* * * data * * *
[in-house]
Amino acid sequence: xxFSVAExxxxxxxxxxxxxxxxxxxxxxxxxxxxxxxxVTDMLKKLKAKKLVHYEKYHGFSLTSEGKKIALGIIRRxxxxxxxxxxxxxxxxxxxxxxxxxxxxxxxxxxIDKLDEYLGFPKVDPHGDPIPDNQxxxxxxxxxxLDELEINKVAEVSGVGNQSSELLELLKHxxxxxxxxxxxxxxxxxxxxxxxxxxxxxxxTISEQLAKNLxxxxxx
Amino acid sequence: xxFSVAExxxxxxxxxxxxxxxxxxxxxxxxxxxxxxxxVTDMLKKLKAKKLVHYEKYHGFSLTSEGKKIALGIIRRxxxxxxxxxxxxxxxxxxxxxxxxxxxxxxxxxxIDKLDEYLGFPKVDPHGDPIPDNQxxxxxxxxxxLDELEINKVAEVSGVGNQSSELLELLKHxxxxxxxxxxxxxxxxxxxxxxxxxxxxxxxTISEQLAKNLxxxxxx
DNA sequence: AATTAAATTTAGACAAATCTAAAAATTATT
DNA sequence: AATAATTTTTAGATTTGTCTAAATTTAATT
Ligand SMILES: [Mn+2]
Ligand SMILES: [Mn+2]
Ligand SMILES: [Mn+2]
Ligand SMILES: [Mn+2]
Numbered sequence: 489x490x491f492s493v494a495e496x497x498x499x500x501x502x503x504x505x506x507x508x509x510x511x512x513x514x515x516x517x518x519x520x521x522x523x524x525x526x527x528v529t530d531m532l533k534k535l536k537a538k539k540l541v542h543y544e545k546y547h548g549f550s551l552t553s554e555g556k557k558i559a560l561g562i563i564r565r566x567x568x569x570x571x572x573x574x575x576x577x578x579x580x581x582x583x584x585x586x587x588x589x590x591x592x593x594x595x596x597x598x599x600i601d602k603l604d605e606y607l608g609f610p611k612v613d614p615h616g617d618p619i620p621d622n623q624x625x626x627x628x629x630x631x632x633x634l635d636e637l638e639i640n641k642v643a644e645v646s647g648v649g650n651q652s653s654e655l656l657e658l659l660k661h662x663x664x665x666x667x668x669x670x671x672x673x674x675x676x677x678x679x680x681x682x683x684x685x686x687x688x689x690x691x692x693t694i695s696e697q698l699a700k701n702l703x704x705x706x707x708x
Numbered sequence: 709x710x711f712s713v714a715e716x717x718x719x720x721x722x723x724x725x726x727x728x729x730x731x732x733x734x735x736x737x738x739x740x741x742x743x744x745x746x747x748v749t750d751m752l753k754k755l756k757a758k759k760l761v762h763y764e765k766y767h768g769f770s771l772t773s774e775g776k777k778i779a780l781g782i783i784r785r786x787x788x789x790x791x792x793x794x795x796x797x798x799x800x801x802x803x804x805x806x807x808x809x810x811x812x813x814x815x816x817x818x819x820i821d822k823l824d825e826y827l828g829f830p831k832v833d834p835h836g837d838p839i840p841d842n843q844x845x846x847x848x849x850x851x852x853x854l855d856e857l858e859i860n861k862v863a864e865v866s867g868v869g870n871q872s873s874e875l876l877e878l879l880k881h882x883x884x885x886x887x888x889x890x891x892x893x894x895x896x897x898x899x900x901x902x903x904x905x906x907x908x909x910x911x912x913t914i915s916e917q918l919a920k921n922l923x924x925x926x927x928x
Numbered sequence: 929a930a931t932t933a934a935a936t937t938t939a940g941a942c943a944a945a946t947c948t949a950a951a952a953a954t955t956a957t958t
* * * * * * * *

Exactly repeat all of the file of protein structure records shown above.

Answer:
[in-house]
Amino acid sequence: xxFSVAExxxxxxxxxxxxxxxxxxxxxxxxxxxxxxxxVTDMLKKLKAKKLVHYEKYHGFSLTSEGKKIALGIIRRxxxxxxxxxxxxxxxxxxxxxxxxxxxxxxxxxxIDKLDEYLGFPKVDPHGDPIPDNQxxxxxxxxxxLDELEINKVAEVSGVGNQSSELLELLKHxxxxxxxxxxxxxxxxxxxxxxxxxxxxxxxTISEQLAKNLxxxxxx
Amino acid sequence: xxFSVAExxxxxxxxxxxxxxxxxxxxxxxxxxxxxxxxVTDMLKKLKAKKLVHYEKYHGFSLTSEGKKIALGIIRRxxxxxxxxxxxxxxxxxxxxxxxxxxxxxxxxxxIDKLDEYLGFPKVDPHGDPIPDNQxxxxxxxxxxLDELEINKVAEVSGVGNQSSELLELLKHxxxxxxxxxxxxxxxxxxxxxxxxxxxxxxxTISEQLAKNLxxxxxx
DNA sequence: AATTAAATTTAGACAAATCTAAAAATTATT
DNA sequence: AATAATTTTTAGATTTGTCTAAATTTAATT
Ligand SMILES: [Mn+2]
Ligand SMILES: [Mn+2]
Ligand SMILES: [Mn+2]
Ligand SMILES: [Mn+2]
Numbered sequence: 489x490x491f492s493v494a495e496x497x498x499x500x501x502x503x504x505x506x507x508x509x510x511x512x513x514x515x516x517x518x519x520x521x522x523x524x525x526x527x528v529t530d531m532l533k534k535l536k537a538k539k540l541v542h543y544e545k546y547h548g549f550s551l552t553s554e555g556k557k558i559a560l561g562i563i564r565r566x567x568x569x570x571x572x573x574x575x576x577x578x579x580x581x582x583x584x585x586x587x588x589x590x591x592x593x594x595x596x597x598x599x600i601d602k603l604d605e606y607l608g609f610p611k612v613d614p615h616g617d618p619i620p621d622n623q624x625x626x627x628x629x630x631x632x633x634l635d636e637l638e639i640n641k642v643a644e645v646s647g648v649g650n651q652s653s654e655l656l657e658l659l660k661h662x663x664x665x666x667x668x669x670x671x672x673x674x675x676x677x678x679x680x681x682x683x684x685x686x687x688x689x690x691x692x693t694i695s696e697q698l699a700k701n702l703x704x705x706x707x708x
Numbered sequence: 709x710x711f712s713v714a715e716x717x718x719x720x721x722x723x724x725x726x727x728x729x730x731x732x733x734x735x736x737x738x739x740x741x742x743x744x745x746x747x748v749t750d751m752l753k754k755l756k757a758k759k760l761v762h763y764e765k766y767h768g769f770s771l772t773s774e775g776k777k778i779a780l781g782i783i784r785r786x787x788x789x790x791x792x793x794x795x796x797x798x799x800x801x802x803x804x805x806x807x808x809x810x811x812x813x814x815x816x817x818x819x820i821d822k823l824d825e826y827l828g829f830p831k832v833d834p835h836g837d838p839i840p841d842n843q844x845x846x847x848x849x850x851x852x853x854l855d856e857l858e859i860n861k862v863a864e865v866s867g868v869g870n871q872s873s874e875l876l877e878l879l880k881h882x883x884x885x886x887x888x889x890x891x892x893x894x895x896x897x898x899x900x901x902x903x904x905x906x907x908x909x910x911x912x913t914i915s916e917q918l919a920k921n922l923x924x925x926x927x928x
Numbered sequence: 929a930a931t932t933a934a935a936t937t938t939a940g941a942c943a944a945a946t947c948t949a950a951a952a953a954t955t956a957t958t